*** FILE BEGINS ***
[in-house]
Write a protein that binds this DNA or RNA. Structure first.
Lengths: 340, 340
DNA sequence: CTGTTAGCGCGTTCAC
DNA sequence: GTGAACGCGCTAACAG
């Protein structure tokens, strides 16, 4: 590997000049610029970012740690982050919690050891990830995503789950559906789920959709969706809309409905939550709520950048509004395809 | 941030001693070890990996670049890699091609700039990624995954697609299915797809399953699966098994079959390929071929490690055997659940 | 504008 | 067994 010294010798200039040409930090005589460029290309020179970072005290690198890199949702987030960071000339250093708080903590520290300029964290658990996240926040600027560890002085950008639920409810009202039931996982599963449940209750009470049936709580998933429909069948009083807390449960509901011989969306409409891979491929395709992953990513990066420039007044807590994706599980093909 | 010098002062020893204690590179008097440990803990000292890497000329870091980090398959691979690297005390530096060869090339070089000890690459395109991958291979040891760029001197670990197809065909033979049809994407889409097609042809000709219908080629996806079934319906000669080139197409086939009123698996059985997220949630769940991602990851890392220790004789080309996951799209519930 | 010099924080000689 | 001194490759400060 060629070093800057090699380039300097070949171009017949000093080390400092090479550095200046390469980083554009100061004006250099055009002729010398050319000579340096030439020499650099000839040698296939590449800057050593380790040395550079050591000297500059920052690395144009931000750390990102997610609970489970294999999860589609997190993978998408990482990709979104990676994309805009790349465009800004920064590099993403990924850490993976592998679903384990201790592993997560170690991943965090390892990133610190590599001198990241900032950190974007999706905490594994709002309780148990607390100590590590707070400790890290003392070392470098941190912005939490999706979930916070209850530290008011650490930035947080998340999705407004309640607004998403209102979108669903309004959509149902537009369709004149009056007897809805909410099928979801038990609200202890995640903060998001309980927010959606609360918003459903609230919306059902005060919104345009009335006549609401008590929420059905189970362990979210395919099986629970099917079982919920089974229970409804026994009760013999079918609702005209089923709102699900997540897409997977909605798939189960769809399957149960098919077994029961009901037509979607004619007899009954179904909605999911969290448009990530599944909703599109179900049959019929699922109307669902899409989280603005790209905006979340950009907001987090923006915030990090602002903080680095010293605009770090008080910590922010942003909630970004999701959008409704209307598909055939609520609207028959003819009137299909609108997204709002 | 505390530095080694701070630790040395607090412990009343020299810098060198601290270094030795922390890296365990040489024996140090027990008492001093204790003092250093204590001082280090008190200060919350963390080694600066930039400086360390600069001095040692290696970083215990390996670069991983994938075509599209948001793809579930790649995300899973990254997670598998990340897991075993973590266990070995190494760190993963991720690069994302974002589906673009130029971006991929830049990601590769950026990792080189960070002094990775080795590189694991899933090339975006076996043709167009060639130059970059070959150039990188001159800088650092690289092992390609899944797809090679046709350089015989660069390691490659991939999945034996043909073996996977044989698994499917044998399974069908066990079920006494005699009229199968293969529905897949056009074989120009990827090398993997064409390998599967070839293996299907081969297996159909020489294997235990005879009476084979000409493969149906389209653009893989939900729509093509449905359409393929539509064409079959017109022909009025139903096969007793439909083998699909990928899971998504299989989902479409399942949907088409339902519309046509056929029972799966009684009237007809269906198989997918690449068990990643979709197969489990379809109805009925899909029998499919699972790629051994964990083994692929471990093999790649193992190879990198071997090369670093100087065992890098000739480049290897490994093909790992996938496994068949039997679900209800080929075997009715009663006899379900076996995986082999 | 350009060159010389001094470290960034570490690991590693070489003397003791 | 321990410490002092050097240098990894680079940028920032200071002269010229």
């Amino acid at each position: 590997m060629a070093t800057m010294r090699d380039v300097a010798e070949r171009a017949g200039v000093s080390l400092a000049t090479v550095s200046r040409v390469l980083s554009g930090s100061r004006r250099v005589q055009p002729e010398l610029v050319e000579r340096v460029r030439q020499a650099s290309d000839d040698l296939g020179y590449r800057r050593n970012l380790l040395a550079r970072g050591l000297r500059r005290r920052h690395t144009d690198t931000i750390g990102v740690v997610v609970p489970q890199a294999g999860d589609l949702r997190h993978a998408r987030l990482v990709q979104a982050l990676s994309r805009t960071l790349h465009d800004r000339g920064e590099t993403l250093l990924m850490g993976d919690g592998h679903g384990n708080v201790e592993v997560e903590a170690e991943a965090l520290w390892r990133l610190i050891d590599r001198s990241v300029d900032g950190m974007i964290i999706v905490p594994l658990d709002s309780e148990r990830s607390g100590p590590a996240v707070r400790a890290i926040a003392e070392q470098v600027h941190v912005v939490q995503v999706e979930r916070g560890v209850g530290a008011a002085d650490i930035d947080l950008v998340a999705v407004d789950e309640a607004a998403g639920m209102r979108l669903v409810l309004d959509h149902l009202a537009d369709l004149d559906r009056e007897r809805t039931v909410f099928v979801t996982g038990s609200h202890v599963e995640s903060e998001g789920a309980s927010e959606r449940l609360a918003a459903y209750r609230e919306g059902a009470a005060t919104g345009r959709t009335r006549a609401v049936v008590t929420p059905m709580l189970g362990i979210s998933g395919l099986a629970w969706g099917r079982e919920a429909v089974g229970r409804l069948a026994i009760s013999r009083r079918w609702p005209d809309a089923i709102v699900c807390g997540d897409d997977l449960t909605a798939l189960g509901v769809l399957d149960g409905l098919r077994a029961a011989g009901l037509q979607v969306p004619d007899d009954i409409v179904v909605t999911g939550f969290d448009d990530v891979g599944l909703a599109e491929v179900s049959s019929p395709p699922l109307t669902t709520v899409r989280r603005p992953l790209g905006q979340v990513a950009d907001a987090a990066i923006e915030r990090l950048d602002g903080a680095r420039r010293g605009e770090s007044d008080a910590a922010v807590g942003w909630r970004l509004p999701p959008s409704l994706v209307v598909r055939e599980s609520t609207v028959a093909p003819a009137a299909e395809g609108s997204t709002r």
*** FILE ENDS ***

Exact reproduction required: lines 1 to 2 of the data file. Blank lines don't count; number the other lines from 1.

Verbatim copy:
[in-house]
Write a protein that binds this DNA or RNA. Structure first.